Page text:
— May 9, 2019
Working with limited marketing resources often means prioritizing your initiatives based on the overall impact they can have on your goals. One of the main considerations in this pursuit is whether your time is better invested in paid search or in search engine optimization (SEO). This can be a tricky decision. In this guide, we walk through pros and cons of each approach, as well as the performance you can expect from each.
Paid search offers marketers the ability to seek out their intended audience, driving highly curated site traffic from visitors who align with the targeted personas. This is a powerful tool. In addition, paid search accounts can be deployed on a variety of platforms and in a variety of configurations to support your specific goals. Need to increase the number of high-funnel leads on your site? Try launching a lead generation campaign on Facebook and watch the leads come in. Want to increase your SERP presence on branded searches? Launch a branded campaign on Google Ads, and voilá, your ads now own most of the above-the-fold space on those queries. The most compelling reason for leveraging paid search is that this traffic can be driven nearly on demand. There’s very little wait time when considering paid search. If the site you are supporting is relatively new, then paid search should be strongly considered for this reason alone.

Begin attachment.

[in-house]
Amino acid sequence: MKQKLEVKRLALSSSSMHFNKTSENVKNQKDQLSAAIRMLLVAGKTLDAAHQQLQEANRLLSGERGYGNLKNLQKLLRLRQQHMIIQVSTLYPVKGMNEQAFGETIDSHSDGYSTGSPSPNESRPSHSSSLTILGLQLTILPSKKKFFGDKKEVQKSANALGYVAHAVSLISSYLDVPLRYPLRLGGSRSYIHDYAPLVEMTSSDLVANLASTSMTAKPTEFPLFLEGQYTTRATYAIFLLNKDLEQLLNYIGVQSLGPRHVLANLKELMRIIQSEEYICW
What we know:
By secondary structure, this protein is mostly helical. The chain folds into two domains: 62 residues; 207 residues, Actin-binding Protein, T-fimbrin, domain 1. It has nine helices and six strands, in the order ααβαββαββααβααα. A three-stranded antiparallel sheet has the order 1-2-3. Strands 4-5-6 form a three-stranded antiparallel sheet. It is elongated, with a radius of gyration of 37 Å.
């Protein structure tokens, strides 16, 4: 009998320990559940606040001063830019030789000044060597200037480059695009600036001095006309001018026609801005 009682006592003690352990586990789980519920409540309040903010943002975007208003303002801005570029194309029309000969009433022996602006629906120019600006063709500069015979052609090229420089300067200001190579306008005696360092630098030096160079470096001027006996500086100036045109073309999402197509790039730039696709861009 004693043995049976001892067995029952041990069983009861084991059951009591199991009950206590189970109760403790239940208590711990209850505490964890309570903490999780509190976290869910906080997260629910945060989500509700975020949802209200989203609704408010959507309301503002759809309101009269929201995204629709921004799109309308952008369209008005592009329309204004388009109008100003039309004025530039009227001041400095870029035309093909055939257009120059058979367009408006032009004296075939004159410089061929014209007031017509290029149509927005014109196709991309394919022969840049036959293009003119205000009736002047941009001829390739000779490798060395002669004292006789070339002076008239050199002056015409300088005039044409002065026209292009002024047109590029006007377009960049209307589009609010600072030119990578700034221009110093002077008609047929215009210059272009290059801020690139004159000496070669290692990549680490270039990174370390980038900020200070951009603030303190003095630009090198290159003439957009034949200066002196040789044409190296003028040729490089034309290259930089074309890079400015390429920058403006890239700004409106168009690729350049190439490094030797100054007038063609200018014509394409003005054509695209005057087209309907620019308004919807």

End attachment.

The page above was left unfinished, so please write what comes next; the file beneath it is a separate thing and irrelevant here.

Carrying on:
There are also some cons to the paid model, one of the most significant being that paid search traffic has to actually be paid for. Depending on your goals, market, and the platforms you plan on leveraging, the cost can vary wildly, but you’re going to pay for every visit to your site that comes from a paid source.That being the case, it is important to be careful in the setup of your campaigns. Have a clear understanding of the goal you are trying to accomplish, and let that goal drive the strategy of the entire campaign from targeting on.
Beyond understanding your goals, you will also want to outline how much you can afford to invest in these campaigns. These budgets are often aligned with months, but can be broken out in the manner that fits best with your organization’s needs. Knowing how much you can spend, as well as the goals you are driving toward, will be invaluable as traffic starts to roll in and you begin to see the return on ad spend that your campaigns are able to drive. Ultimately, this is the metric you will want to keep an eye on to ensure the campaigns you are running are healthy.
Search Engine Optimization
Most marketers are well aware that the better their organic listings rank on the search engine results pages, the more traffic they can drive to their sites. Therefore, improving where your listings rank for specifically targeted searches is an awesome way to increase the overall volume and performance of traffic to your site. This can be done with search engine optimization, or as it’s better known, SEO. One of the main benefits of investing you or your team’s time in SEO is that all of the traffic that comes to your site organically is free, although it does require labor.